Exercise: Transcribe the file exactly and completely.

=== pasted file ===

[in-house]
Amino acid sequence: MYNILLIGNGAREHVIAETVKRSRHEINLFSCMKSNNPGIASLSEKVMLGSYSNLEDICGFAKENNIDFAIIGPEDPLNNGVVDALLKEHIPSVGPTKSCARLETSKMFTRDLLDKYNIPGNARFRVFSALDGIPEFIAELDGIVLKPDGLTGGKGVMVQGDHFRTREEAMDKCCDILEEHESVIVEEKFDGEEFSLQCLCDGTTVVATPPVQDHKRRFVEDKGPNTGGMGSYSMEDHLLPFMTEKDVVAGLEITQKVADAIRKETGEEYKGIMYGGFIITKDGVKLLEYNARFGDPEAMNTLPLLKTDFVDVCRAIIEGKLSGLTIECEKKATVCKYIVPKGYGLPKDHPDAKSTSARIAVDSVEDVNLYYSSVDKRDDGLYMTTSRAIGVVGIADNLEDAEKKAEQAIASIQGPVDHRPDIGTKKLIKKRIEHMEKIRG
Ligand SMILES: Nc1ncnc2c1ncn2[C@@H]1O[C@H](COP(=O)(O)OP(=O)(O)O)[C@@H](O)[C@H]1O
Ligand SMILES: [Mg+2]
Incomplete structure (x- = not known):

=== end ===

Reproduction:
[in-house]
Amino acid sequence: MYNILLIGNGAREHVIAETVKRSRHEINLFSCMKSNNPGIASLSEKVMLGSYSNLEDICGFAKENNIDFAIIGPEDPLNNGVVDALLKEHIPSVGPTKSCARLETSKMFTRDLLDKYNIPGNARFRVFSALDGIPEFIAELDGIVLKPDGLTGGKGVMVQGDHFRTREEAMDKCCDILEEHESVIVEEKFDGEEFSLQCLCDGTTVVATPPVQDHKRRFVEDKGPNTGGMGSYSMEDHLLPFMTEKDVVAGLEITQKVADAIRKETGEEYKGIMYGGFIITKDGVKLLEYNARFGDPEAMNTLPLLKTDFVDVCRAIIEGKLSGLTIECEKKATVCKYIVPKGYGLPKDHPDAKSTSARIAVDSVEDVNLYYSSVDKRDDGLYMTTSRAIGVVGIADNLEDAEKKAEQAIASIQGPVDHRPDIGTKKLIKKRIEHMEKIRG
Ligand SMILES: Nc1ncnc2c1ncn2[C@@H]1O[C@H](COP(=O)(O)OP(=O)(O)O)[C@@H](O)[C@H]1O
Ligand SMILES: [Mg+2]
Incomplete structure (x- = not known):